Be aware, however, that hydrogen peroxide can act as a bleaching agent, so avoid using it on fabrics.

After you’ve cleared the mold and fixed any leaks or other water problems, continue to monitor the areas and remember to dry down damp areas – like sinks and showers – after each use.

The Problem with Cockroach Contaminants

One thing that really disgusts me are cockroaches.

The first cockroach allergy was reported in 1943, when certain people had skin rashes immediately after a cockroach crawled over their skin. Isn’t that disgusting?

And it’s not just live roaches that cause this reaction. When researchers exposed certain people to the dead body parts of cockroaches, they developed skin rashes, too. And who knows how many dead cockroaches are in your attic or A/C ducts?

Cockroach allergens are also a risk factor for the development of asthma; and aggravate asthma symptoms in people who already have the condition. In fact, between 60% and 80% of children with asthma who live in densely populated cities are sensitive to cockroach allergens.

These filthy bugs have been implicated in the spread of all kinds of bacteria, including E. coli and salmonella, along with a number of parasitic worms and other human pathogens. If they are crawling on your pots, pans, silverware and other dishes, they can spread around bacteria that can cause food poisoning, diarrhea, and other gastrointestinal-related issues.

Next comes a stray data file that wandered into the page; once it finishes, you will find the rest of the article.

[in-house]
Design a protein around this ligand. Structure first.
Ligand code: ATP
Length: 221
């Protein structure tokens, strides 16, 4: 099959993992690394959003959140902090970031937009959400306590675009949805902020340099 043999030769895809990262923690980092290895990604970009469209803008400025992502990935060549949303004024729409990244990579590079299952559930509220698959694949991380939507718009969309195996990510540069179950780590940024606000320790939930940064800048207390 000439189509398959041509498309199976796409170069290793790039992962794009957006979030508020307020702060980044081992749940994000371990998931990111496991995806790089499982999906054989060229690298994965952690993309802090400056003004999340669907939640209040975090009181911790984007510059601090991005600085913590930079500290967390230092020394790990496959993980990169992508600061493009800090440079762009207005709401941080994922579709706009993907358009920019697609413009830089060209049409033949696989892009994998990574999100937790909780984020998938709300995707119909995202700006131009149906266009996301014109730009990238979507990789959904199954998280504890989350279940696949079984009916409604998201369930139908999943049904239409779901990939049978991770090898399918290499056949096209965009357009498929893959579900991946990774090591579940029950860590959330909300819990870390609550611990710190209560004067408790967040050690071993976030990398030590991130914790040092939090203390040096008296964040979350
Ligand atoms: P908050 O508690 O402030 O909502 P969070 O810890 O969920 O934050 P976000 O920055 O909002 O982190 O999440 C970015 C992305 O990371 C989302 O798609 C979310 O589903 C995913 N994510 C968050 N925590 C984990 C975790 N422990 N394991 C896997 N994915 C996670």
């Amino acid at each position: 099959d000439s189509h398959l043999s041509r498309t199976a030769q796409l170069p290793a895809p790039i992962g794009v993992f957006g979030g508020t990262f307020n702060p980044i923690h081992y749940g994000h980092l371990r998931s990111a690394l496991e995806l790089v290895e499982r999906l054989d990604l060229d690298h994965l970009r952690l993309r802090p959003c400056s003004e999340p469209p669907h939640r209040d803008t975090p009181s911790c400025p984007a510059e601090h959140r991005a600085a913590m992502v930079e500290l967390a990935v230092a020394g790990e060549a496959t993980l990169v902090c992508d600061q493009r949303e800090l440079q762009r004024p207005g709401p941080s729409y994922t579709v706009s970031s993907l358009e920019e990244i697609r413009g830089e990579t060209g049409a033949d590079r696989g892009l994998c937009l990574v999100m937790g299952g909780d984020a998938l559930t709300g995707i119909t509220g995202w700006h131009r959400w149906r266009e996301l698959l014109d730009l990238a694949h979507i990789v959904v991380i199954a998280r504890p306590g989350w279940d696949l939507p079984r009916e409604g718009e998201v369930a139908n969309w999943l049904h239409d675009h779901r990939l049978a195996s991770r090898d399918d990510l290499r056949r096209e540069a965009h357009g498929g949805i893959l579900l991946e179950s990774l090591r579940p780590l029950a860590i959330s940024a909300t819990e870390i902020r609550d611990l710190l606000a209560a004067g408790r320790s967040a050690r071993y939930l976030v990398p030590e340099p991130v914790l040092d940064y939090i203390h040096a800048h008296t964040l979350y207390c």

Cockroaches like to be near food and water, so once they get into your home they can thrive, especially in the kitchen and bathroom.

With this in mind, keep your sinks, tables, counters and floors clean of food and liquids. Wash the dishes after eating and scrub down the kitchen sink every evening after its last use. Give your cabinets and drawers a good cleaning every couple of months. And always store food in airtight containers, including pet food.

I also recommend sealing and caulking any gaps between the walls, doors and window seals, and replace worn-out weather stripping to help keep roaches from getting into your home in the first place.

If you have areas where you know roaches are lurking, you can get some of those “roach motels.” Or, for a more natural solution, mix a little sugar in a small lid or cap with some baking soda or borax. When they feed on this sugar mixture, the added ingredient effectively kills them.

These are some simple things you can monitor to help you stay healthier and breathe easier in your home.


Fisk WJ, Eliseeva EA, Mendell MJ. Association of residential dampness and mold with respiratory tract infections and bronchitis: a meta-analysis. Environ Health. 2010;9:72.

Bernton HS, Brown H. Insect allergy–preliminary studies of the cockroach. J Allergy. 1964 Nov-Dec;35:506-13.

Sohn MH, Kim KE. The cockroach and allergic diseases. Allergy Asthma Immunol Res. 2012;4(5):264-269.

Do DC, Zhao Y, Gao P. Cockroach allergen exposure and risk of asthma. Allergy. 2016;71(4):463-474.

Donkor ES. Cockroaches and Food-borne Pathogens. Environ Health Insights. 2020;14:1178630220913365.